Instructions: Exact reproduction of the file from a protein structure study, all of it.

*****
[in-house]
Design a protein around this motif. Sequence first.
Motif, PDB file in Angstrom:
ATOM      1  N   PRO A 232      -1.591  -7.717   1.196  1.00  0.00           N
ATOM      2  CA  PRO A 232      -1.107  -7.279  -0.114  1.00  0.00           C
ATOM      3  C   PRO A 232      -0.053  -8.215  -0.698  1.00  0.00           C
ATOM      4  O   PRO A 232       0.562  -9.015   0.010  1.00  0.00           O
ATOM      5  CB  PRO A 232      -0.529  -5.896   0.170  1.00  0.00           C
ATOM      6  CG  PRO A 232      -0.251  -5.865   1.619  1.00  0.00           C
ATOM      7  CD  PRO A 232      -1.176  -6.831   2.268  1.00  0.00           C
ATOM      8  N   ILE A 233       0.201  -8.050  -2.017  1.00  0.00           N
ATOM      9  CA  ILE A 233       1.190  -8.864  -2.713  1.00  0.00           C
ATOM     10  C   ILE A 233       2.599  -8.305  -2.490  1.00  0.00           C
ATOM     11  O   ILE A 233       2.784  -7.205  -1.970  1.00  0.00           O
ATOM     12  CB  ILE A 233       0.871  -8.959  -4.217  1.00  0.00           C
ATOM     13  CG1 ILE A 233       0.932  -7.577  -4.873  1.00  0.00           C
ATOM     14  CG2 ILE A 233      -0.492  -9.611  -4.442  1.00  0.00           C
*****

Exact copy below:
[in-house]
Design a protein around this motif. Sequence first.
Motif, PDB file in Angstrom:
ATOM      1  N   PRO A 232      -1.591  -7.717   1.196  1.00  0.00           N
ATOM      2  CA  PRO A 232      -1.107  -7.279  -0.114  1.00  0.00           C
ATOM      3  C   PRO A 232      -0.053  -8.215  -0.698  1.00  0.00           C
ATOM      4  O   PRO A 232       0.562  -9.015   0.010  1.00  0.00           O
ATOM      5  CB  PRO A 232      -0.529  -5.896   0.170  1.00  0.00           C
ATOM      6  CG  PRO A 232      -0.251  -5.865   1.619  1.00  0.00           C
ATOM      7  CD  PRO A 232      -1.176  -6.831   2.268  1.00  0.00           C
ATOM      8  N   ILE A 233       0.201  -8.050  -2.017  1.00  0.00           N
ATOM      9  CA  ILE A 233       1.190  -8.864  -2.713  1.00  0.00           C
ATOM     10  C   ILE A 233       2.599  -8.305  -2.490  1.00  0.00           C
ATOM     11  O   ILE A 233       2.784  -7.205  -1.970  1.00  0.00           O
ATOM     12  CB  ILE A 233       0.871  -8.959  -4.217  1.00  0.00           C
ATOM     13  CG1 ILE A 233       0.932  -7.577  -4.873  1.00  0.00           C
ATOM     14  CG2 ILE A 233      -0.492  -9.611  -4.442  1.00  0.00           C